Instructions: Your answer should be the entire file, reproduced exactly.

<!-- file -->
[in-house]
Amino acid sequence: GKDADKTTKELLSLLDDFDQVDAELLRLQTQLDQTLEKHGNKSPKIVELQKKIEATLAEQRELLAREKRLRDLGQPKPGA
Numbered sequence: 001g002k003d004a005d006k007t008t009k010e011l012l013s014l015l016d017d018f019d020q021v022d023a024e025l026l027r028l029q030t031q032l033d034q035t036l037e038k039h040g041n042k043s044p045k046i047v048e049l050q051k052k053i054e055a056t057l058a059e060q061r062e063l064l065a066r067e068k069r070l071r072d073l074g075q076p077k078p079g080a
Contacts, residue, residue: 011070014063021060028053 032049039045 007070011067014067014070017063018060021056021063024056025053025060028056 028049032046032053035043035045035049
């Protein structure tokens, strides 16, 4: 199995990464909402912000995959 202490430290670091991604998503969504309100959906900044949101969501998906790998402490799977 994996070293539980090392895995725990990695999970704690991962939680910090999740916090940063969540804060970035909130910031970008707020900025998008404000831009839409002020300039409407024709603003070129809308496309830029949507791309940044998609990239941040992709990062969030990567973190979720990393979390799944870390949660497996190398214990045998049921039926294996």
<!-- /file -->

[in-house]
Amino acid sequence: GKDADKTTKELLSLLDDFDQVDAELLRLQTQLDQTLEKHGNKSPKIVELQKKIEATLAEQRELLAREKRLRDLGQPKPGA
Numbered sequence: 001g002k003d004a005d006k007t008t009k010e011l012l013s014l015l016d017d018f019d020q021v022d023a024e025l026l027r028l029q030t031q032l033d034q035t036l037e038k039h040g041n042k043s044p045k046i047v048e049l050q051k052k053i054e055a056t057l058a059e060q061r062e063l064l065a066r067e068k069r070l071r072d073l074g075q076p077k078p079g080a
Contacts, residue, residue: 011070014063021060028053 032049039045 007070011067014067014070017063018060021056021063024056025053025060028056 028049032046032053035043035045035049
């Protein structure tokens, strides 16, 4: 199995990464909402912000995959 202490430290670091991604998503969504309100959906900044949101969501998906790998402490799977 994996070293539980090392895995725990990695999970704690991962939680910090999740916090940063969540804060970035909130910031970008707020900025998008404000831009839409002020300039409407024709603003070129809308496309830029949507791309940044998609990239941040992709990062969030990567973190979720990393979390799944870390949660497996190398214990045998049921039926294996």